ALEXANDRIA, Va.–(BUSINESS WIRE)–Oct. 21, 2005–Oct. 24 is National Acupuncture and Oriental Medicine Day, a designation recognized by a half-dozen organizations in the field of alternative medicine, and spearheaded by the National Certification Commission of Acupuncture and Oriental Medicine (NCCAOM). The purpose of the designation is to raise awareness and benefits of alternative therapies — a viable form of medicine with a 3,000-year history — and how consumers can find certified professional practitioners to ensure better care, better treatment and better outcomes.
“One of the biggest misconceptions about acupuncture is that it is still a ‘back room’ therapy performed by unlicensed people,” said Laura Edgar, director of communications for NCCAOM. “On the contrary, today, most certified practitioners have master’s level degrees from accredited schools, with an average of more than 3,000 hours of training, and have passed multiple rigorous national examinations. Additionally, 95 percent of the states currently require licensing of acupuncture and Oriental medicine practitioners which requires testing by NCCAOM.”
In the United States the use of acupuncture and Oriental medicine is at an all-time high. According to a recent study conducted by the National Institute for Health’s National Center for Complementary and Alternative Medicine (NCCAM), an estimated 36 percent of U.S. adults use some form of alternative therapy, and 25 percent have tried acupuncture. According to recent research, 64 percent of physicians have referred patients to certified practitioners of alternative therapies, including acupuncture and Oriental medicine.
With an increasing number of health care organizations reimbursing patients who turn to alternative medicine recommended by their physicians, the National Institute of Health (www.nccam.nih.gov) is dedicated to educating consumers about its approved uses for alternative therapies. Currently the National Institute of Health lists the following as approved uses for acupuncture: pain management, including dental pain, headache, menstrual cramps, fibromyalgia, myofascial pain and osteoarthritis; postoperative or chemotherapy-related nausea and vomiting; addiction; stroke rehabilitation; infertility and asthma.
In honor of Acupuncture and Oriental Medicine Day, the NCCAOM has several tips and advice for consumers trying to locate a certified practitioner of Acupuncture and Oriental Medicine.
1) Start With Your Family Physician. Thanks to a growing trend in
“integrative medicine,” members of the medical community
realize that alternative medicine is not a threat to
traditional practices, but a helpful adjunct. Additionally,
some insurance companies will cover the costs of acupuncture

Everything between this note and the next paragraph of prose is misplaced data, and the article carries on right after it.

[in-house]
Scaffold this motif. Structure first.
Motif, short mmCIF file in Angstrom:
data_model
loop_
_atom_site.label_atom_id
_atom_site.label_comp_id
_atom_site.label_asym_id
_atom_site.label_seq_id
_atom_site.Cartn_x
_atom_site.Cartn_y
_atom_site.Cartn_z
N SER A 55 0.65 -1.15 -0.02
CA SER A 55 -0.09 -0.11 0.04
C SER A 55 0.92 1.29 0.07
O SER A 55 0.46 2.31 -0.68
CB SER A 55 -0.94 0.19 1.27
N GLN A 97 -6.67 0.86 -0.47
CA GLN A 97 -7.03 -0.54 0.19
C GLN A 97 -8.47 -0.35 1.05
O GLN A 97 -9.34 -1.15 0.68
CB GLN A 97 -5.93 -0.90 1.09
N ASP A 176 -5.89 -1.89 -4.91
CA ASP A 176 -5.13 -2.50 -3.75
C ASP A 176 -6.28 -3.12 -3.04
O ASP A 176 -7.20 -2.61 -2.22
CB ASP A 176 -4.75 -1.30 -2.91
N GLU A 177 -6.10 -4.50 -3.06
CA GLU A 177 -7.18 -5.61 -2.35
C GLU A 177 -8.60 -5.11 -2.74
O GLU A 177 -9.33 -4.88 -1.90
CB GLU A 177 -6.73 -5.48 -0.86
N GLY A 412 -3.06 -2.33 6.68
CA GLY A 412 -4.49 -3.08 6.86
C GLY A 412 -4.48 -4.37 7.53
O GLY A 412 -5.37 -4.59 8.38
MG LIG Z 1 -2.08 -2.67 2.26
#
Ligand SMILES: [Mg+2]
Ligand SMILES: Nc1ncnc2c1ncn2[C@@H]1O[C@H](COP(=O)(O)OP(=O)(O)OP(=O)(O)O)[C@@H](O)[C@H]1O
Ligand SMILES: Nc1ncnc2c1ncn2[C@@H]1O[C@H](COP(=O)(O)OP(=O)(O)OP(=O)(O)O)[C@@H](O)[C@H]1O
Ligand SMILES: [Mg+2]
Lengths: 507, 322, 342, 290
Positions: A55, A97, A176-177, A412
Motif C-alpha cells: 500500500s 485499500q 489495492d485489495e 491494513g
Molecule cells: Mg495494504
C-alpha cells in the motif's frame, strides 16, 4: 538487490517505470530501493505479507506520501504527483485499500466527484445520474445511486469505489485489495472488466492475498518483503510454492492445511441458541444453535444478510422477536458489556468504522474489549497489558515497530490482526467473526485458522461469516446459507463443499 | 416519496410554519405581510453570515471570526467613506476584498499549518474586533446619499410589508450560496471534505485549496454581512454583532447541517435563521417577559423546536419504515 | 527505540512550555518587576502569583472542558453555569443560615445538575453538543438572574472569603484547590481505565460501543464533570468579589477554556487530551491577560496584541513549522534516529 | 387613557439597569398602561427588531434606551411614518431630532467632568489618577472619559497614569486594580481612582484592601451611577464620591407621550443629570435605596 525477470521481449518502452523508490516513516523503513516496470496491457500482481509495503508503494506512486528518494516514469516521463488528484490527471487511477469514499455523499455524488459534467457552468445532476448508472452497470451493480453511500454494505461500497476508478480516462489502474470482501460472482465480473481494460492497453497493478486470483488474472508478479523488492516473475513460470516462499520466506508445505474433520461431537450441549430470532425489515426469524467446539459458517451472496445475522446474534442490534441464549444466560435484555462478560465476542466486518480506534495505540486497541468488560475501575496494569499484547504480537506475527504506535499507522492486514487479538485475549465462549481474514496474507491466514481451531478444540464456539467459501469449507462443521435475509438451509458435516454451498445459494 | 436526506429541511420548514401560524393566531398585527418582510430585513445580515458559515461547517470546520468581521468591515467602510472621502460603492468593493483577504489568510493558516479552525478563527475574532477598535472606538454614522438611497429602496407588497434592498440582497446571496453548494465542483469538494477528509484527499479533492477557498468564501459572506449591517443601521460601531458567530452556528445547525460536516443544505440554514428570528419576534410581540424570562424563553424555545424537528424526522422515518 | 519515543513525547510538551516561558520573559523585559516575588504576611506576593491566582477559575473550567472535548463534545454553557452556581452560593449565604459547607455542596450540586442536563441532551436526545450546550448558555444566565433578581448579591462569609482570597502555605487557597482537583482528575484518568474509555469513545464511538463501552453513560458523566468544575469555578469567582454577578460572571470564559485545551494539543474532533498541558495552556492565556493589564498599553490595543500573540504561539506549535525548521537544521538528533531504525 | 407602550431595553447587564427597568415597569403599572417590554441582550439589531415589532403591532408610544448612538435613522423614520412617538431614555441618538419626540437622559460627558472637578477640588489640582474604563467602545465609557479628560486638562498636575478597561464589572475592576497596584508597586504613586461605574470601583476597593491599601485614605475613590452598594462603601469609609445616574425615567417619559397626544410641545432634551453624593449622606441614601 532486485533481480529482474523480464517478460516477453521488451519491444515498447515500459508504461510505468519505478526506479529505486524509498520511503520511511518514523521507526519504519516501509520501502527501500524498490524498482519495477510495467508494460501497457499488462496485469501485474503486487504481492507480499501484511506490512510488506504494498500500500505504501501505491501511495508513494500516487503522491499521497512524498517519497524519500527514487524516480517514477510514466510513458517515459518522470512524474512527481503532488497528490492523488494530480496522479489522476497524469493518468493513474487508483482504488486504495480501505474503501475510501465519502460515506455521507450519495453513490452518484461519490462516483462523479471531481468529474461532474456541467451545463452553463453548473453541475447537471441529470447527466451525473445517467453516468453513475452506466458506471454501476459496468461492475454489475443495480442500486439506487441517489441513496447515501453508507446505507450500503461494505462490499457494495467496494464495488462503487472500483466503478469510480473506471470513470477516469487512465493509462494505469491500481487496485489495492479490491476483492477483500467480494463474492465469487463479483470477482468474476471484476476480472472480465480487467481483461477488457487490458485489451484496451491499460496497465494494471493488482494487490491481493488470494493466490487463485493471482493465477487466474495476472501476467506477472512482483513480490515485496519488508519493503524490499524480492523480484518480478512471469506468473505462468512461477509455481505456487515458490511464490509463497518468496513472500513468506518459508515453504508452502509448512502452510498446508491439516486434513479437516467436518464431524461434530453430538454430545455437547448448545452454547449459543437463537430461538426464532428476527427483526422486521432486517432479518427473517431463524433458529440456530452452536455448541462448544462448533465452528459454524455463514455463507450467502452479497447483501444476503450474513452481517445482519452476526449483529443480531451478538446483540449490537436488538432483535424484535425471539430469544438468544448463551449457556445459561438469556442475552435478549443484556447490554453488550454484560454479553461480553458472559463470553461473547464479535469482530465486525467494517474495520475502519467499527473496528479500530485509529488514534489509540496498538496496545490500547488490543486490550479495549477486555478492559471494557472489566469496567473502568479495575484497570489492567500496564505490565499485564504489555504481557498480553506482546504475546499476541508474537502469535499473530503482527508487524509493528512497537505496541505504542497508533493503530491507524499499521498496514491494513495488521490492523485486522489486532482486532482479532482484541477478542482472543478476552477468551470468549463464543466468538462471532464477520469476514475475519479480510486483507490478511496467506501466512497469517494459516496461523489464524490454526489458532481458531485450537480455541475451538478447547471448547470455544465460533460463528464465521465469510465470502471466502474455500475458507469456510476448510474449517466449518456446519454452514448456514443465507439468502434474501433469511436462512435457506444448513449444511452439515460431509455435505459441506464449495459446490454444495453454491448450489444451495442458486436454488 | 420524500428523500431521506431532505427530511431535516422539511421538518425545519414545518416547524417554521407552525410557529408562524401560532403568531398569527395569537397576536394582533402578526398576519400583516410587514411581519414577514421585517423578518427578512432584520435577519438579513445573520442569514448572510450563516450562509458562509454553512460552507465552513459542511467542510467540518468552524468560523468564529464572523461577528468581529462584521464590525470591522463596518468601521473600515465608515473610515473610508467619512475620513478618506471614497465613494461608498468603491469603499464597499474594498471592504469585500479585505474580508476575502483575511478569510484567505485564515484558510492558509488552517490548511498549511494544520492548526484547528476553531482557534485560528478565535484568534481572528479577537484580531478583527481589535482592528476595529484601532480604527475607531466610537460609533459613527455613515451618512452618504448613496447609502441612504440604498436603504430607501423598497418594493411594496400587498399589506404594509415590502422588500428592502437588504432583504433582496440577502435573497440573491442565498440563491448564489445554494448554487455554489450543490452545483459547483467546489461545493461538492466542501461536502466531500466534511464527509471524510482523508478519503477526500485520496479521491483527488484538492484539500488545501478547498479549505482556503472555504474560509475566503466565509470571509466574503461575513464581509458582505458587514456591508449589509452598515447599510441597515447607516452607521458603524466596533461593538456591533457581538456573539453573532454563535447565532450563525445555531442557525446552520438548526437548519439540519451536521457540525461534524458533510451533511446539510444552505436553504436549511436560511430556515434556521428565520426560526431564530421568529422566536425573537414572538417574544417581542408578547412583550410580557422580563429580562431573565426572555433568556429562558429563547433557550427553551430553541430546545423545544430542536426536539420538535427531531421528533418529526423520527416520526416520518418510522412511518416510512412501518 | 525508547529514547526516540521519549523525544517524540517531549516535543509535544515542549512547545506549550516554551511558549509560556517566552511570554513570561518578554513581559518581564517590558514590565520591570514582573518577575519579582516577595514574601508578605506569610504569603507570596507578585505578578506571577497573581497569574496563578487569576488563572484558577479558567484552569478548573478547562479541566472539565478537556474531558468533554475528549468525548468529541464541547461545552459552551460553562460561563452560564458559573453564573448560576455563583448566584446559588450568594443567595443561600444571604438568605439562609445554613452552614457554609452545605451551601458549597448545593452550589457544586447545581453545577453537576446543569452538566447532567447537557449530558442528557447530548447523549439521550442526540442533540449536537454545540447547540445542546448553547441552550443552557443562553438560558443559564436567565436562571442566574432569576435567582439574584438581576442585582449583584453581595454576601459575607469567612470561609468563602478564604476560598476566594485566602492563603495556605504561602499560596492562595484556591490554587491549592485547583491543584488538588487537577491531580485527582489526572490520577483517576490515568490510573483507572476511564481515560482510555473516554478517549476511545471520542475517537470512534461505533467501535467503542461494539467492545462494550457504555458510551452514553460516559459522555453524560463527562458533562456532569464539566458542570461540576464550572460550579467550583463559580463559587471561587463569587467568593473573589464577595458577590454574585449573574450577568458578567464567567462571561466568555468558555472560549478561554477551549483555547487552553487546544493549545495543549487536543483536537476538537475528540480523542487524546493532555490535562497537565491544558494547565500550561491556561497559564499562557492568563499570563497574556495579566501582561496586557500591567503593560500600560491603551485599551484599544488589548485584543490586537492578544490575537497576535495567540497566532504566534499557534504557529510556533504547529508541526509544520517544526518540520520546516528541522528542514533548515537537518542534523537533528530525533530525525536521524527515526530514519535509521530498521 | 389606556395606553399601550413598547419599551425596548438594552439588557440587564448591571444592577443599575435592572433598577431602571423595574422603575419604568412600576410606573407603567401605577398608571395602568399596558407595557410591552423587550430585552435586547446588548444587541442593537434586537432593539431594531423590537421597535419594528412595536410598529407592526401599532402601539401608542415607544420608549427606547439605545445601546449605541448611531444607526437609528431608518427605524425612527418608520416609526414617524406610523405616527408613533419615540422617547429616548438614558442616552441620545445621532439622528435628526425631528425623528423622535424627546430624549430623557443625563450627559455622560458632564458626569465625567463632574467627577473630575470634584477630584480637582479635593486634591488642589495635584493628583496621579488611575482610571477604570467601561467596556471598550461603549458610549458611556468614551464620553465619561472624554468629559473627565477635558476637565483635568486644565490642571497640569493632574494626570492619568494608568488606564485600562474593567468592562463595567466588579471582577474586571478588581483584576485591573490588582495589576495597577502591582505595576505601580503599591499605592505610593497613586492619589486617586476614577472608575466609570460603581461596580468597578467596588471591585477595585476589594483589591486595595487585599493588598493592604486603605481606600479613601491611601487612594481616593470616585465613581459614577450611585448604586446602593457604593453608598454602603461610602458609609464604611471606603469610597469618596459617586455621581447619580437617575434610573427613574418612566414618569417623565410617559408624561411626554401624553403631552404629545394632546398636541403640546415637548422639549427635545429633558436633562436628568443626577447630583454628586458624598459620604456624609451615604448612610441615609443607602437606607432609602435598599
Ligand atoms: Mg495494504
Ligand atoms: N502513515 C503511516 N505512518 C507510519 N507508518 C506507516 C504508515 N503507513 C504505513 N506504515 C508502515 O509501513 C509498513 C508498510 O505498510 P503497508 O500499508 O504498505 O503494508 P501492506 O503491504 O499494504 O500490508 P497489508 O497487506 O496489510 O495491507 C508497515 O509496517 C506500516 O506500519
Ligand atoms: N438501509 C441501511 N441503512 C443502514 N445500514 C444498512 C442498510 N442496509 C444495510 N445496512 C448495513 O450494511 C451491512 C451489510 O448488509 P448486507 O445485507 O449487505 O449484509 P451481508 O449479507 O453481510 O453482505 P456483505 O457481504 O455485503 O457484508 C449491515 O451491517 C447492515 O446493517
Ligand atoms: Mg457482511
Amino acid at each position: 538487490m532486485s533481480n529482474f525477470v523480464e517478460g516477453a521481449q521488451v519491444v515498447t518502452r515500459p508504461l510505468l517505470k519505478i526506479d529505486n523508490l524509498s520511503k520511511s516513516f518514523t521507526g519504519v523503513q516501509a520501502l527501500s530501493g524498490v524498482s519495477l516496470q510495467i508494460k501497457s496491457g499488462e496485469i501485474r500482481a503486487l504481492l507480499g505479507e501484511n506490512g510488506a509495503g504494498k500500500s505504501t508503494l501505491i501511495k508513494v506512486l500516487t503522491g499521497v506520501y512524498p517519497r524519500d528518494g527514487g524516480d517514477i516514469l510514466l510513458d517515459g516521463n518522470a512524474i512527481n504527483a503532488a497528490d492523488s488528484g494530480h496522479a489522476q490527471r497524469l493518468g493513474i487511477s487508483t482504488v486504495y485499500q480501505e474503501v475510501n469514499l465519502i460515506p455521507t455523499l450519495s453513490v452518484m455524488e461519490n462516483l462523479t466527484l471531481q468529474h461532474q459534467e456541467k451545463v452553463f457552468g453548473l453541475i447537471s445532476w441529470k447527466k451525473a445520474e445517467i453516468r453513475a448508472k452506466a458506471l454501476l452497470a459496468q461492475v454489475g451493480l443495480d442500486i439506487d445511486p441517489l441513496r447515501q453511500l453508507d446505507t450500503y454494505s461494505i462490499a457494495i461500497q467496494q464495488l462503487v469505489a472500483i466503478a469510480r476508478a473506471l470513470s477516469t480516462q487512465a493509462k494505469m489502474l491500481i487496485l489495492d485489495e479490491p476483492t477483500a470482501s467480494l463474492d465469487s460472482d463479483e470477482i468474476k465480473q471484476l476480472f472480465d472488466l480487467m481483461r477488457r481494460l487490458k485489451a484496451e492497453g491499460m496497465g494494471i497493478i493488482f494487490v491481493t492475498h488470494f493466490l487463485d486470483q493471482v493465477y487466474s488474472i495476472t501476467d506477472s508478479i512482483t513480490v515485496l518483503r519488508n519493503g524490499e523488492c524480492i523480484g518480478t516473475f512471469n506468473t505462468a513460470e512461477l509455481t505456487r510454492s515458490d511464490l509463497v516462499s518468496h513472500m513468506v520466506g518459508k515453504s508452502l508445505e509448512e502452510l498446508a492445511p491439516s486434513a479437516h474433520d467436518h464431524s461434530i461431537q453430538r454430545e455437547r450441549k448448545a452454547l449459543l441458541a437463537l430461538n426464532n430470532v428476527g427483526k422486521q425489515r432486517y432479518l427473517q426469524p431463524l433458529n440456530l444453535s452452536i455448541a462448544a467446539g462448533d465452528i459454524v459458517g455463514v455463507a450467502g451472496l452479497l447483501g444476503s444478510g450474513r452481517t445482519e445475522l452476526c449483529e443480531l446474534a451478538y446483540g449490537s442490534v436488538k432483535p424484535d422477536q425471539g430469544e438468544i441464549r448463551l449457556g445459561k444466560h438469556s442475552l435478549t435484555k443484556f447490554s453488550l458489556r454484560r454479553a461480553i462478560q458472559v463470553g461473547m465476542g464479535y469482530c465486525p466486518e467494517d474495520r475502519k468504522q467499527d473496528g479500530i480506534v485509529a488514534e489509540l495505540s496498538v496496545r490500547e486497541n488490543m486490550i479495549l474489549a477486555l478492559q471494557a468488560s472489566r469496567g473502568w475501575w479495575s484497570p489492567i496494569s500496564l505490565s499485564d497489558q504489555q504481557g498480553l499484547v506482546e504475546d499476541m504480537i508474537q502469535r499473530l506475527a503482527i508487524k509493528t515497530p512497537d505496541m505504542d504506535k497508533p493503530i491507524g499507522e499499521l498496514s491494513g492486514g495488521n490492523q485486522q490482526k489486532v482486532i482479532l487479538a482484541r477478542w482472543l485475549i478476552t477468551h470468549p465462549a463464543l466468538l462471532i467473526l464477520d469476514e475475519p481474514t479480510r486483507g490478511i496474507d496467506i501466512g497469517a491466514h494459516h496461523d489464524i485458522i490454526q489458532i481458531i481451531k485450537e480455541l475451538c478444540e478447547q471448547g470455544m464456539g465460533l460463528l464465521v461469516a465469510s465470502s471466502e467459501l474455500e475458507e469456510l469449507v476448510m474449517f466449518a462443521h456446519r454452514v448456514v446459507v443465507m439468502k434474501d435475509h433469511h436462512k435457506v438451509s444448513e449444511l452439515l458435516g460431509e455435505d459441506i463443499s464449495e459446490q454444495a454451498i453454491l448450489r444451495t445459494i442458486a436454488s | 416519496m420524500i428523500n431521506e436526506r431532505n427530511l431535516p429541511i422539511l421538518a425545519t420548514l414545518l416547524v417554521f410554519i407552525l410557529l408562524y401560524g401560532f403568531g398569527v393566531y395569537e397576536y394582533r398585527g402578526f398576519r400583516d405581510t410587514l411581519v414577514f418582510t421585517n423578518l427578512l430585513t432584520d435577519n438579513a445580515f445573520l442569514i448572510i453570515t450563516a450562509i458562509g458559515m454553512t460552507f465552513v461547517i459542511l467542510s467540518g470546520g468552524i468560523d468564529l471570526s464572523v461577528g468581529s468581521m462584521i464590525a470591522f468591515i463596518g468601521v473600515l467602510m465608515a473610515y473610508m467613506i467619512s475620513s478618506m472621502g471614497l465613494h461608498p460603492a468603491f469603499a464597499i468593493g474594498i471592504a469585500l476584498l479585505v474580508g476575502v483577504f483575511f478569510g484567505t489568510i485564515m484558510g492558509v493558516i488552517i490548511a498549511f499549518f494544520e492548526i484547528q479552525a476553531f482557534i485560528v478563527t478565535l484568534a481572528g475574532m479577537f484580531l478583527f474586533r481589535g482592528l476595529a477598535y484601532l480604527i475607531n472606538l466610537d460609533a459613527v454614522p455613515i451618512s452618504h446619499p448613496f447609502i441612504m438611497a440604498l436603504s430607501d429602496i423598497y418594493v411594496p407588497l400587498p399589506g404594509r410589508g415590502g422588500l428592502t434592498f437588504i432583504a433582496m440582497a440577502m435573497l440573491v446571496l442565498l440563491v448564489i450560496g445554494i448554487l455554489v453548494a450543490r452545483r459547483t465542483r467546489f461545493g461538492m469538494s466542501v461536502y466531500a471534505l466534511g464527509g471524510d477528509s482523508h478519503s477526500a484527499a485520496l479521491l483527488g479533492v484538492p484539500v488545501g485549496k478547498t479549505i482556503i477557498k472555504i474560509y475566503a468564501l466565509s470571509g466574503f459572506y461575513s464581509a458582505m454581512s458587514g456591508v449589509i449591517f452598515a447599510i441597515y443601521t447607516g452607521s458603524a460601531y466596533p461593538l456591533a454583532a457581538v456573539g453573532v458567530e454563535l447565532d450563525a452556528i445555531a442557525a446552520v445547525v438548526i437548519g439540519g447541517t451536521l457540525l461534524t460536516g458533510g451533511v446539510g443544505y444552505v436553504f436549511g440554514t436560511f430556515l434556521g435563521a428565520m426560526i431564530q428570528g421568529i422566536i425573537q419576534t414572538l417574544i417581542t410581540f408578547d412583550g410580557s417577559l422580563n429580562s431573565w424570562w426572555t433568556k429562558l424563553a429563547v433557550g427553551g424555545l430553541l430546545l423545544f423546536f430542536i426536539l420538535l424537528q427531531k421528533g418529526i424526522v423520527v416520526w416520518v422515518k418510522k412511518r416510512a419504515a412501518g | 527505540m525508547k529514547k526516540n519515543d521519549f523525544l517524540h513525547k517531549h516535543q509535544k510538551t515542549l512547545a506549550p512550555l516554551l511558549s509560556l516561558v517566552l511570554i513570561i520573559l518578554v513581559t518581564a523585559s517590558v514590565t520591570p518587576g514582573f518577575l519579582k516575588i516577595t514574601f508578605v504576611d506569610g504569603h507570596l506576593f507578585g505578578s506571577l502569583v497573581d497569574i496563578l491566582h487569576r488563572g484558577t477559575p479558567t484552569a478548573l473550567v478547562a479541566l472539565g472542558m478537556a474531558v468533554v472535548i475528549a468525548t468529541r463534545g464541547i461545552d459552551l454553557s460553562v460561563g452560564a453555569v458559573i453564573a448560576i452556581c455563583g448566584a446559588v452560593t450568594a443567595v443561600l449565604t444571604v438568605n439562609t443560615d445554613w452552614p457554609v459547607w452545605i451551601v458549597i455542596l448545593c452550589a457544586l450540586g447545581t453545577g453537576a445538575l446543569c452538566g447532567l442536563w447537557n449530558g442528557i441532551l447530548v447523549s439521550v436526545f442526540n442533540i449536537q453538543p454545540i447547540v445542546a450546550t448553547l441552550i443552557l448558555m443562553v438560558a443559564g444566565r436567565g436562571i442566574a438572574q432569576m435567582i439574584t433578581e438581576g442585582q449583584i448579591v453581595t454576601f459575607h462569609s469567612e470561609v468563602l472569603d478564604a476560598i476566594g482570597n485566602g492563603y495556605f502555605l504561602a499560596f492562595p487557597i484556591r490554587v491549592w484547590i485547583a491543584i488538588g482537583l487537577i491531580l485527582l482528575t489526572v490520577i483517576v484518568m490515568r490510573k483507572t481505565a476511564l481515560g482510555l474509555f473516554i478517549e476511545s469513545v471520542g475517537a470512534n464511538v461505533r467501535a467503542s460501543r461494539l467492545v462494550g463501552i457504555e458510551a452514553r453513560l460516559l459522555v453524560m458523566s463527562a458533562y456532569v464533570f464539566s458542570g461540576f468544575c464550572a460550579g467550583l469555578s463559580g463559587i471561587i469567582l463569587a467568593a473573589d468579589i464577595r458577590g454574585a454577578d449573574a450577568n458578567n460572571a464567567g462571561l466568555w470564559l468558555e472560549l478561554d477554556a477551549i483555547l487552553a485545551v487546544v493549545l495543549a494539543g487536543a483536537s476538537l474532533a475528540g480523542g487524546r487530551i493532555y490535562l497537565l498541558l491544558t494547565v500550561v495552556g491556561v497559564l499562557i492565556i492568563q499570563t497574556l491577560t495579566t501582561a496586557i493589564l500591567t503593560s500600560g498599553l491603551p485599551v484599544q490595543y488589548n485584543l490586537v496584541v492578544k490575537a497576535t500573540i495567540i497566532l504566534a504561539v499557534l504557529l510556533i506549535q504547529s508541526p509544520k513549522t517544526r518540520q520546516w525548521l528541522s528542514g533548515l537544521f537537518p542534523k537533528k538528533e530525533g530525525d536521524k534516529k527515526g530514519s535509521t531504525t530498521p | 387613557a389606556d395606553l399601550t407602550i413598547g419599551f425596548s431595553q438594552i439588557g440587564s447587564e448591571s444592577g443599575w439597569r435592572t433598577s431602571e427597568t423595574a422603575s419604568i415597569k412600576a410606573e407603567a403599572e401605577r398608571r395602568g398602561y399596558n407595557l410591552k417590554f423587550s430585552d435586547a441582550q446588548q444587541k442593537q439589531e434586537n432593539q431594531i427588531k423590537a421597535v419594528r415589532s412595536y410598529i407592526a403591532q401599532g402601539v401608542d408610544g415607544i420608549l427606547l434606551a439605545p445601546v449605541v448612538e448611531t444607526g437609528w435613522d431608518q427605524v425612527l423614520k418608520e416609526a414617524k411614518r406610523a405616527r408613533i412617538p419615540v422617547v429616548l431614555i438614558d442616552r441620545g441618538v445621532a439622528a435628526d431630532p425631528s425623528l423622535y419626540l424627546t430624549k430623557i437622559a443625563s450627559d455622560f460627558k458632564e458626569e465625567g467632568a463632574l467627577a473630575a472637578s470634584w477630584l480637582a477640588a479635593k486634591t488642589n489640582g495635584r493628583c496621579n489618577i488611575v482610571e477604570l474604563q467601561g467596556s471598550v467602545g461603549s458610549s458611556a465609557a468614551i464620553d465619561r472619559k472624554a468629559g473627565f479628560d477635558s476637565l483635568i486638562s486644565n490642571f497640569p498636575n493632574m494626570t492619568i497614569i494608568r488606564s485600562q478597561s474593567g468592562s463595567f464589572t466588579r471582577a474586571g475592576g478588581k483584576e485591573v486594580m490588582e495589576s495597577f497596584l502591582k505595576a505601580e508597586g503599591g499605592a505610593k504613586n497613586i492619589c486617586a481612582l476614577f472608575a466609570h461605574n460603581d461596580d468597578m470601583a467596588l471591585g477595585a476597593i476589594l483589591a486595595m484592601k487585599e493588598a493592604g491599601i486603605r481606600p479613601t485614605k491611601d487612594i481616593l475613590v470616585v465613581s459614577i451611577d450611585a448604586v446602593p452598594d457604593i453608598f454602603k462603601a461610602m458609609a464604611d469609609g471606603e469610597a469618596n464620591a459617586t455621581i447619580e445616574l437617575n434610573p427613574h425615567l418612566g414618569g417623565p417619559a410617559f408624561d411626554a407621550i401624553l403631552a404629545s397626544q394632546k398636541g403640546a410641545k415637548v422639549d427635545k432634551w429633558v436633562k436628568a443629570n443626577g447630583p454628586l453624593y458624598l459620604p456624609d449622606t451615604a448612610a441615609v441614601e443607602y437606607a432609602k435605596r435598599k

and other therapies if a patient is referred by a primary care
2) Use Your Resources — Ask Friends and Family. With
approximately 25 percent of people in the U.S. using
acupuncture, and 36 percent using some form of alternative
therapy, chances are good that someone close to you can offer
some feedback on their experiences and possible references.
3) Do Your Research. Log on to www.nccaom.org to find a certified
practitioner. For acupuncture, in particular, the
certification bestowed by the NCCAOM is critical to avoid
unpleasant side effects that can be caused by improper
technique and use of needles. Also, ask specifics about their
credentials. Some practitioners have been certified through
organizations that require only 300 hours of training, as
opposed to the more than 3,000 hours typically required by
accredited schools and the NCCAOM.
National AOM Day is supported by a consortium of international organizations in the U.S., Canada, Mexico and Pakistan; including the NCCAOM, Acupuncture & Oriental Medicine Alliance, American Association of Oriental Medicine, American Organization for Bodywork Therapies of Asia, and the Council of Colleges of Acupuncture & Oriental Medicine. The term “Oriental Medicine” encompasses acupuncture, Chinese herbology, Asian bodywork techniques and the general study of traditional Chinese medicine.
About the NCCAOM
The National Certification Commission for Acupuncture and Oriental Medicine (NCCAOM) is a non-profit organization established in 1982. Its mission is to establish, assess and promote recognized standards of competence and safety in acupuncture and Oriental medicine for the protection and benefit of the public.
For more information on the NCCAOM, please visit its Web site at www.nccaom.org.
Echo Media Group for National Certification Commission of
Acupuncture and Oriental Medicine
Sabrina Shannon, 714-573-0899, ext. 27